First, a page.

You want an event where you can let your freak flag fly? This is it.
I ran with Grinches, Santas, elves, fairies, the naughty, and the nice. I ran with men and women of all ages, some under ten to some over seventy.
It was a spectacle of red, white and green. Tutus, striped tights, witty shirts and elf ears abounded.
The streets of Inwood were lined with spectators waiting for the Christmas parade to begin at the race’s completion. A good many cheered us on. Kids lined the street edges, hands outstretched, to offer high fives. In one section, a band played, their cymbals and drums spurring us towards the halfway point. About a mile from the finish, cheerleaders and a boisterous section of well-wishers with noisemakers formed a “cheer tunnel” in an amazing show of support. In the final turn towards the home stretch, a costumed grim reaper held this encouraging sign: “The end is near.” Indeed it was.
I was with a particularly large and boisterous group of characters — members of a running and walking club called the Bros & Bras — and was heartened to see several of them just before the finish line cheering me and any other club members to the end. One who had already finished the race doubled back to personally escort me in for an added boost. Others followed suit or waited to cheer the others on until all Bros & Bras had crossed the finish line.
I am a fairly recent member of this group, which is informal, social and free. Its sole purpose is to encourage people in the community to come out and walk or run for fitness. Its mantra is “No expectation, no judgment,” which is pretty brilliant. It eliminates a whole host of protestations or things to feel yucky about. You just show up and do your best.
The group has a website and Facebook page. There are scheduled group workout events, both the weekly variety as well as the unique. Some events are social only, meeting at a particular location for food or drink.
At the South Berkeley Christmas 5K, a couple of group leaders set up a tent area for Bros & Bras to congregate before the event, which was fun. If there is a buzzword for the group, I guess that would be the one: fun.
Because there is no pressure about how anyone performs, it’s easy for members to relax and enjoy the process of getting fitter while also forming a social circle.
I’ve regularly begun attending the Friday morning run/walk that leaves from Black Dog Coffee in Kearneysville and allows people to go whatever distance pleases them on the path adjacent to the W.Va. 9 bypass. Afterwards, whoever can stay for awhile sits down for a cup of coffee or a snack and lots of social chatter. It’s allowed me to get to know new people and safely use the path.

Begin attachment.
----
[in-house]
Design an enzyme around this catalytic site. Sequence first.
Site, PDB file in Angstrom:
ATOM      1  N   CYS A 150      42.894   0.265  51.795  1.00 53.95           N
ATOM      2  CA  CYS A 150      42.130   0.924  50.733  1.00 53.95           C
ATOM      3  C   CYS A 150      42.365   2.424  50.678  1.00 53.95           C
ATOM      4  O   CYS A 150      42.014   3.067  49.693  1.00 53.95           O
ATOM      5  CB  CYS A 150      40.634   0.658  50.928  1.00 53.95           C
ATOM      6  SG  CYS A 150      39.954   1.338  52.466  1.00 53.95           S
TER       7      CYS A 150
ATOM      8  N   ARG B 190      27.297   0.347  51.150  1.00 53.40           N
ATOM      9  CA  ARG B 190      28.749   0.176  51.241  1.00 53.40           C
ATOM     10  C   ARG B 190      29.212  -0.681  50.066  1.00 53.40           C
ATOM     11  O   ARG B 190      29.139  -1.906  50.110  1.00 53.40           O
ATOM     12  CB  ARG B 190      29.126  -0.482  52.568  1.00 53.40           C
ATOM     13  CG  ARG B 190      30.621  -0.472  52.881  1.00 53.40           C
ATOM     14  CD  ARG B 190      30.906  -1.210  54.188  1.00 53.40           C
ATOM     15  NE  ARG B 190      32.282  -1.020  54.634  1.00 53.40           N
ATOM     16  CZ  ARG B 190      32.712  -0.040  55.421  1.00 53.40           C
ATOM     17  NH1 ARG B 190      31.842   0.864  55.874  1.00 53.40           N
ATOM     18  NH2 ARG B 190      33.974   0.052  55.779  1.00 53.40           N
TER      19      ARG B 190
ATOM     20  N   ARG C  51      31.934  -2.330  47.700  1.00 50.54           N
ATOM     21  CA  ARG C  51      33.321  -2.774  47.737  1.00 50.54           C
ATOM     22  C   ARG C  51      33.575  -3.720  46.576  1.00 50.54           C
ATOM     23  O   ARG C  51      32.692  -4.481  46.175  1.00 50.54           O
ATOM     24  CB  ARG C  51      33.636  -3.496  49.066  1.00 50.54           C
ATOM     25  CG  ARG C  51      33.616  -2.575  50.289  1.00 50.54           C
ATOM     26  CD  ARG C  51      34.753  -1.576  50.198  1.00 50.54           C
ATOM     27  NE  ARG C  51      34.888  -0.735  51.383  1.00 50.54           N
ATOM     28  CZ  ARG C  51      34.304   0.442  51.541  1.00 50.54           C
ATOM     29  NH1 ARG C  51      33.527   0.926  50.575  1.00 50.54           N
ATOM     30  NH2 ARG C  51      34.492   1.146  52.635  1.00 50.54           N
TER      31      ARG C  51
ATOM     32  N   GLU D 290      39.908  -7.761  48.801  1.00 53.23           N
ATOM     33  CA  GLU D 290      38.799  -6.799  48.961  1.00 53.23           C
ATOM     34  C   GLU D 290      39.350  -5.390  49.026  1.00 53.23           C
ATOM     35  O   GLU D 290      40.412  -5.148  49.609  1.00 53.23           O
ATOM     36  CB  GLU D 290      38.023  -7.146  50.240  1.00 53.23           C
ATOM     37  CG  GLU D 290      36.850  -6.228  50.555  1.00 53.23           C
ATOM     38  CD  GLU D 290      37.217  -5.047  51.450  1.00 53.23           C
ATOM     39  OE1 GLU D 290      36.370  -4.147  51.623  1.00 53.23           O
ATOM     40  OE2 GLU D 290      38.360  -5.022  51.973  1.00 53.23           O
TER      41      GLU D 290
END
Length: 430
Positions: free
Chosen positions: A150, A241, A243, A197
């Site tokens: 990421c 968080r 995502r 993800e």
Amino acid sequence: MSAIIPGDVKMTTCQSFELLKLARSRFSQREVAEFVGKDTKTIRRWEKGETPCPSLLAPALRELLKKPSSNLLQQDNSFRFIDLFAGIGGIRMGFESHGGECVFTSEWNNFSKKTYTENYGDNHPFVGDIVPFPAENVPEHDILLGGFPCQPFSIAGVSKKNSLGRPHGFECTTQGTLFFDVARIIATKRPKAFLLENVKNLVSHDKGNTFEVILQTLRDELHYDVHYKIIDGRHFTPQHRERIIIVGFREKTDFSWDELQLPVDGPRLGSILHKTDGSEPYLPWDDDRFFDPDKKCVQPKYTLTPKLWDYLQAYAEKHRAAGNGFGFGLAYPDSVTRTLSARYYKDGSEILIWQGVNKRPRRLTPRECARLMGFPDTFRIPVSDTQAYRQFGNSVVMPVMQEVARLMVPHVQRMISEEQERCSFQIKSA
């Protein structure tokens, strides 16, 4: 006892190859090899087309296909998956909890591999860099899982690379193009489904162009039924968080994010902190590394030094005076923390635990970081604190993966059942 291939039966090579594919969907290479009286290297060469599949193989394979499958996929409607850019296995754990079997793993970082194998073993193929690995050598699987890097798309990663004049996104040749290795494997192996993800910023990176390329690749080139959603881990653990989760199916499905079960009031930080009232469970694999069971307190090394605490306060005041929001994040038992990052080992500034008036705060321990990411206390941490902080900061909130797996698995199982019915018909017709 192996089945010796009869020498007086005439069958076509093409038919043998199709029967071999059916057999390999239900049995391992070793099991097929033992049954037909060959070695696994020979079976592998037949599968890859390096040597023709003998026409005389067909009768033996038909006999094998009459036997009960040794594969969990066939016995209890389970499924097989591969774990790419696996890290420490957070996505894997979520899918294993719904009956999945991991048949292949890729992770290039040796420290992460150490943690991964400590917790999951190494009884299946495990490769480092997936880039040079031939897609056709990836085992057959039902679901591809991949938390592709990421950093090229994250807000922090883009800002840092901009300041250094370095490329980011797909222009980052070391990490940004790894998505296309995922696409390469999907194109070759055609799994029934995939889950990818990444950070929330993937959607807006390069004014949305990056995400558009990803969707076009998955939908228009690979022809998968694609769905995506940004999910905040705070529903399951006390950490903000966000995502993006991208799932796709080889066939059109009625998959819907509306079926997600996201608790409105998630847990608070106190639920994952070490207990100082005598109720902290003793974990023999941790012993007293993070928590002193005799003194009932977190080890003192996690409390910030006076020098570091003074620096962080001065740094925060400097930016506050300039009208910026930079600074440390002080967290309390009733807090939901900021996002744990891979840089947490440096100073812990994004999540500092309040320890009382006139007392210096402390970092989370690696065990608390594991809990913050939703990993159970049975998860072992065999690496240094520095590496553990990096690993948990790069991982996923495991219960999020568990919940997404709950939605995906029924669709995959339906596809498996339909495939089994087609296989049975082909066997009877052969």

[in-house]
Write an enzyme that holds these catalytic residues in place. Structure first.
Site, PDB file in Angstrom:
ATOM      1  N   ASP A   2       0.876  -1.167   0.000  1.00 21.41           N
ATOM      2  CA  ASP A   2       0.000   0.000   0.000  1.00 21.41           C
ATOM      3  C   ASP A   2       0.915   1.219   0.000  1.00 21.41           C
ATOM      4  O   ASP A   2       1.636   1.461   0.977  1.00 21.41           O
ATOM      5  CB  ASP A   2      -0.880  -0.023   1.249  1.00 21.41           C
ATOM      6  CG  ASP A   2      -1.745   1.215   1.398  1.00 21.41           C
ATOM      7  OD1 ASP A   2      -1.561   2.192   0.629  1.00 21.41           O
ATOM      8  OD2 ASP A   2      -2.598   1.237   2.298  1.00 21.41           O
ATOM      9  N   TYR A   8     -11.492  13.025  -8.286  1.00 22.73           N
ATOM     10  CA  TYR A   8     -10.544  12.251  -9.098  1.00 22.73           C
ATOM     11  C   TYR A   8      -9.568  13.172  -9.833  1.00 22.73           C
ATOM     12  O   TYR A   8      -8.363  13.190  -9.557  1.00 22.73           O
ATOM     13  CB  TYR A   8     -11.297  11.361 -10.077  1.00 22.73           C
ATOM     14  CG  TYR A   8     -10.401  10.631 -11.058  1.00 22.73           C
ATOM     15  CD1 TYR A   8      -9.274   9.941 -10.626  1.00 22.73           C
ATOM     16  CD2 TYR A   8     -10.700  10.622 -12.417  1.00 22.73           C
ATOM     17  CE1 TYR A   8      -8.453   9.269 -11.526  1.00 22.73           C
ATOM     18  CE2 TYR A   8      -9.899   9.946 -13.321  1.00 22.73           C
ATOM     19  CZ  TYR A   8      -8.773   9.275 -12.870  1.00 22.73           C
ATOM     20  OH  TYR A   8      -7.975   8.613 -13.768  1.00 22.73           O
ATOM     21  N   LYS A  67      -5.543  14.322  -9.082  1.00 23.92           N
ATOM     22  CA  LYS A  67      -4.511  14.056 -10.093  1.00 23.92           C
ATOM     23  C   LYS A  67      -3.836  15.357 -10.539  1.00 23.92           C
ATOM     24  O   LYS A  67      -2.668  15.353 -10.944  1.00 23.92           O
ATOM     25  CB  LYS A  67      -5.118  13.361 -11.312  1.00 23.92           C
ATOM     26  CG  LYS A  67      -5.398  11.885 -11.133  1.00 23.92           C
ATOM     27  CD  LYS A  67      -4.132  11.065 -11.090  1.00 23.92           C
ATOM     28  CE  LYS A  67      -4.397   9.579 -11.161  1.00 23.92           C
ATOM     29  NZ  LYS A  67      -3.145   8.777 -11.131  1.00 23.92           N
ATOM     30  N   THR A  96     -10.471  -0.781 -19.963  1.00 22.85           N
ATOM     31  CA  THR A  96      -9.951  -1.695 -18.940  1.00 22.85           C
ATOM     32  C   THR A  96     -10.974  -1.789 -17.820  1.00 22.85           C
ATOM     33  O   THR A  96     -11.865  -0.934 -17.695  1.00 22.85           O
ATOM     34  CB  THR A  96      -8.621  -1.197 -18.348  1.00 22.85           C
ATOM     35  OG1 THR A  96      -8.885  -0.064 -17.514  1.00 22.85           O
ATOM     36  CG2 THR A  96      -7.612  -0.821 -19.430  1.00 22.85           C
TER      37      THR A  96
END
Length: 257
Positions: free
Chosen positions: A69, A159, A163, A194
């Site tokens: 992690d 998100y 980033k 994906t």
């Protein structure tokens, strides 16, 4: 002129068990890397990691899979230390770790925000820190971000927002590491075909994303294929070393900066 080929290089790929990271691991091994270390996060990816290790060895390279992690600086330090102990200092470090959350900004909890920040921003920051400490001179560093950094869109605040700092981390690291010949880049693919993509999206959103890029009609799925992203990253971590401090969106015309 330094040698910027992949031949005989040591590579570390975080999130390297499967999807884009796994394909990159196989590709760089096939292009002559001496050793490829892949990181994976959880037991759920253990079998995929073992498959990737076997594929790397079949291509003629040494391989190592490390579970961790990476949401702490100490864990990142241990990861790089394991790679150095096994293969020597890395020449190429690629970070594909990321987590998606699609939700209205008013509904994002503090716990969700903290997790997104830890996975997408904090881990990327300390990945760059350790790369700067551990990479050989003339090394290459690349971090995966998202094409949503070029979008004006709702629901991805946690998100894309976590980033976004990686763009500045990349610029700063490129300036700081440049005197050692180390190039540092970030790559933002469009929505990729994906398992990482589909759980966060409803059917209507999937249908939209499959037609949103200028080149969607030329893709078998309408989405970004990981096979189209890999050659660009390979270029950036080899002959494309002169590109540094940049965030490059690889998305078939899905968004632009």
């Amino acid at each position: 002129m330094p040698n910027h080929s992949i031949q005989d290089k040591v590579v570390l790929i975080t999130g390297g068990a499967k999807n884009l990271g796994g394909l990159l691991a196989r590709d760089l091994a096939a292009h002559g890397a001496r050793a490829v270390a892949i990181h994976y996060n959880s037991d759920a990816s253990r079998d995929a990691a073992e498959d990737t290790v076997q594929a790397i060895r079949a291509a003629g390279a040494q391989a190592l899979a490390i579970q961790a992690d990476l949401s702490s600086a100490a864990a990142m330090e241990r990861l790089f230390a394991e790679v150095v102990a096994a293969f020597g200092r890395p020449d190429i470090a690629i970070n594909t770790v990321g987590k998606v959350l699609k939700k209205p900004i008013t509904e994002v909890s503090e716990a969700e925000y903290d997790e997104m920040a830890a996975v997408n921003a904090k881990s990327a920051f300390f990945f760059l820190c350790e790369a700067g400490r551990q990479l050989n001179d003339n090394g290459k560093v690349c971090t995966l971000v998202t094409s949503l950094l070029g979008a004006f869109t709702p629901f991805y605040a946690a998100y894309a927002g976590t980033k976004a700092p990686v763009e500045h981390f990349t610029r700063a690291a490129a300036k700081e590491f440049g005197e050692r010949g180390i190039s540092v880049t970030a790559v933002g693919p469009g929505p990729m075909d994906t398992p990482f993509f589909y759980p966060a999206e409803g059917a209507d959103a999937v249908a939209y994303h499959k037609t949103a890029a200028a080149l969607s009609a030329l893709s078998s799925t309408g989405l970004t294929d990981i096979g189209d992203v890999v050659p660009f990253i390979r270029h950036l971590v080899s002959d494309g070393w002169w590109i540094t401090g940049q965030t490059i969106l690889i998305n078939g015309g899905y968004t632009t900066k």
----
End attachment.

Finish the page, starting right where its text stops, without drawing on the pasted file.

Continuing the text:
I also finished a special Veteran’s Challenge the club issued through polling vets in the group to create a fairly grueling optional workout in a three-week timeframe. I subsequently threw down a “Twelve Days of Christmas” challenge for members to tackle, if they choose, leading up to Christmas. The Bros & Bras are that kind of gig, where fun and fitness combine, and anyone is welcome to provide suggestions, workouts and ideas.
Needless to say, I’ve become a big fan of this group. Group fitness makes fitness easier. I know because I have participated in a group dynamic before. It’s always easier — and a heck of a lot more fun — with one or more.
Because membership is free, it’s easy for anyone to join.
Members are also welcoming and encouraging.
Social time helps members swap successes or challenges and support each other.
The group has a sense of humor, most likely because its founder does. The tagline, for instance, is “75% Social, 75% Fitness.”
January (or even right now) is prime time to address your health status and fitness goals. If you haven’t gotten off that couch much in the past couple of years, or if you’ve simply veered off course, consider checking out the Bros & Bras, or starting up your own group to do something fitness related. Steer clear of crazy goals and expectations and just, well, do it.
Next year, maybe you’ll jump into the fracas with your holiday attire and participate in the South Berkeley Christmas 5K. Or at least be healthier.
This column appeared in The Journal on Sunday, December 13, 2015.